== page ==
Country of origin labelling laws that came into effect in the United States this week could reduce demand for some of New Zealand's beef exports.
The new regulation requires retailers to display the country of origin for a range of food products, including beef cuts, ground beef, lamb and other meats, fish, fruit and vegetables.
The United States is New Zealand's biggest export beef market. Up to 90% of the beef sent to the US is manufacturing beef which is blended with American product for the hamburger and ground beef trade.
Meat and Wool New Zealand's Washington-based regional manager for North America, Kelvin Whall, says the new labelling rules do not affect the food service sector and beef used in hamburgers.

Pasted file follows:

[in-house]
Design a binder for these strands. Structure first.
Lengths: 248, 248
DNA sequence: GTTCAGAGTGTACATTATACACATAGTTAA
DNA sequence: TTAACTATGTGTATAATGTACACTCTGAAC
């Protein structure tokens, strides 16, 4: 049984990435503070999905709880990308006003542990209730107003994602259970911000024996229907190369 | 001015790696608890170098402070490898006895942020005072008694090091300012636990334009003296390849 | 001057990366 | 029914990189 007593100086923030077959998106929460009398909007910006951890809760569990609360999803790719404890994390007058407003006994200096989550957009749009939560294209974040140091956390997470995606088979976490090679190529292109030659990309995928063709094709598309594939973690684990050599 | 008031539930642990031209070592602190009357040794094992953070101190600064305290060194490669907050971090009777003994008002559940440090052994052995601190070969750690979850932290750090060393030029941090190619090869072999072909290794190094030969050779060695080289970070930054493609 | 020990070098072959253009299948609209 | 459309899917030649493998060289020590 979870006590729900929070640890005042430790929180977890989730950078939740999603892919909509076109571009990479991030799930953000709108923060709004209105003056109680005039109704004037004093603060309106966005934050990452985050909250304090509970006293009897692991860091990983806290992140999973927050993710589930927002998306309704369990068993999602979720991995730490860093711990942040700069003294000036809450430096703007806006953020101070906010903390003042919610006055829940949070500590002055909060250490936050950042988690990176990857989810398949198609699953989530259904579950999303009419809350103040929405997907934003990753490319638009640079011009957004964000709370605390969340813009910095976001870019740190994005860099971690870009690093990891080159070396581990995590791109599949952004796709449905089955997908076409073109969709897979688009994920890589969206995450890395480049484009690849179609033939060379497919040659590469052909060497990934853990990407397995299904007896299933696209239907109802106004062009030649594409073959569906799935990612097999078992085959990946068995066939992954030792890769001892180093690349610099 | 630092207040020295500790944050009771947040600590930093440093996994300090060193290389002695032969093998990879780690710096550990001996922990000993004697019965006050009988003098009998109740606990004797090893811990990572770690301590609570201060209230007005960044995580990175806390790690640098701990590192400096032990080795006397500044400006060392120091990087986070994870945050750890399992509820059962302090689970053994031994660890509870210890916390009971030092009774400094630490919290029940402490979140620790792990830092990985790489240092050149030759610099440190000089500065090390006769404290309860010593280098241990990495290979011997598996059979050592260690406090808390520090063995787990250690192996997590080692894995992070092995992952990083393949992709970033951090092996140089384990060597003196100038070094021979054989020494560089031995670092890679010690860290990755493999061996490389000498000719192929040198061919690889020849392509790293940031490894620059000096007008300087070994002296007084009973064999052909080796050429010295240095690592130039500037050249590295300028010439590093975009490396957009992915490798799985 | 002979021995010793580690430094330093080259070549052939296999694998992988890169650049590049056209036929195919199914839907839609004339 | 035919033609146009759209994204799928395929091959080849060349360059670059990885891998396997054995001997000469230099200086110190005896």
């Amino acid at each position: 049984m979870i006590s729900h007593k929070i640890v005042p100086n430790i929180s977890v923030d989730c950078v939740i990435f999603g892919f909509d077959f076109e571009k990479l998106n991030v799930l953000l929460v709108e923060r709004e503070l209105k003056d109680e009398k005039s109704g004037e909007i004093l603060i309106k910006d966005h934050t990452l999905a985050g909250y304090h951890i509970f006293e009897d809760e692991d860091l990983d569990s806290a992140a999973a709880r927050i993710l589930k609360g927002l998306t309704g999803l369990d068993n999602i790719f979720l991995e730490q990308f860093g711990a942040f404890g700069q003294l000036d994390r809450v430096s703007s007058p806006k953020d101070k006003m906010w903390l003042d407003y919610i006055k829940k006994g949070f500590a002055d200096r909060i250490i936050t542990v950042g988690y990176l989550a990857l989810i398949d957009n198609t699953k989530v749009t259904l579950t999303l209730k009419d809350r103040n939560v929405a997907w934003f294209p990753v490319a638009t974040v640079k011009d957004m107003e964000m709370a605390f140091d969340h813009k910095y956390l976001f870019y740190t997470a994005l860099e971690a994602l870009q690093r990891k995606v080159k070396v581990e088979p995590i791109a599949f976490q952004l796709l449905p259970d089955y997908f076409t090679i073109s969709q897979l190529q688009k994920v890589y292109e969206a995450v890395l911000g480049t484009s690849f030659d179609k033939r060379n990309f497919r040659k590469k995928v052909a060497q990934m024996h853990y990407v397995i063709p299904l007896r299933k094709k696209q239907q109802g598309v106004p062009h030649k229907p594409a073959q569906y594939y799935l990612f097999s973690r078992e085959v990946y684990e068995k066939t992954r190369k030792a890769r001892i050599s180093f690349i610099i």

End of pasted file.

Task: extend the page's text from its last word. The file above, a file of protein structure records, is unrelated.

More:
The rules do apply to ground or minced beef sold in stores and supermarkets.
He says a number of retailers have already stated reluctance to use ground beef that does not originate from North America and have reduced their use of imported beef.
Mr Whall says later in the year, when North American supplies run down, the situation may change.
He says the labelling law does not affect lamb exports to the US because they are already branded and marketed as New Zealand products.
The horticulture industry body, Horticulture New Zealand, does not think the rule change will create any problems for its exporters.
Communications manager Leigh Catley says most fruit and vegetables already carry a "produce of New Zealand" label, and the produce attracts a premium.